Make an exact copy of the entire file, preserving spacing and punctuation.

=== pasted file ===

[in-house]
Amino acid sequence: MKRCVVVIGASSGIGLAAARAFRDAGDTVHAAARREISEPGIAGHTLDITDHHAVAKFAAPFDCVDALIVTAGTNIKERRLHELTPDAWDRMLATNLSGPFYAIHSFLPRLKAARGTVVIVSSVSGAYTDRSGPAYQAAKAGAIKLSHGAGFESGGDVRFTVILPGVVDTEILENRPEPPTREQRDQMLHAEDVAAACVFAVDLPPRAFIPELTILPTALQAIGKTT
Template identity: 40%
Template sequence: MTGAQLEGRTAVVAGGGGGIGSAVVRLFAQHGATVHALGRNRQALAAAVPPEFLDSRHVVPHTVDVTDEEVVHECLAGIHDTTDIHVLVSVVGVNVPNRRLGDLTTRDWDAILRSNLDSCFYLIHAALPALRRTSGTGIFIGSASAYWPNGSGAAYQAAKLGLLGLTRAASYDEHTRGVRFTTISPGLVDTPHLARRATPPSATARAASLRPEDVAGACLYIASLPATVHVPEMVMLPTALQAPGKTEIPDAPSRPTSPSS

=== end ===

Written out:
[in-house]
Amino acid sequence: MKRCVVVIGASSGIGLAAARAFRDAGDTVHAAARREISEPGIAGHTLDITDHHAVAKFAAPFDCVDALIVTAGTNIKERRLHELTPDAWDRMLATNLSGPFYAIHSFLPRLKAARGTVVIVSSVSGAYTDRSGPAYQAAKAGAIKLSHGAGFESGGDVRFTVILPGVVDTEILENRPEPPTREQRDQMLHAEDVAAACVFAVDLPPRAFIPELTILPTALQAIGKTT
Template identity: 40%
Template sequence: MTGAQLEGRTAVVAGGGGGIGSAVVRLFAQHGATVHALGRNRQALAAAVPPEFLDSRHVVPHTVDVTDEEVVHECLAGIHDTTDIHVLVSVVGVNVPNRRLGDLTTRDWDAILRSNLDSCFYLIHAALPALRRTSGTGIFIGSASAYWPNGSGAAYQAAKLGLLGLTRAASYDEHTRGVRFTTISPGLVDTPHLARRATPPSATARAASLRPEDVAGACLYIASLPATVHVPEMVMLPTALQAPGKTEIPDAPSRPTSPSS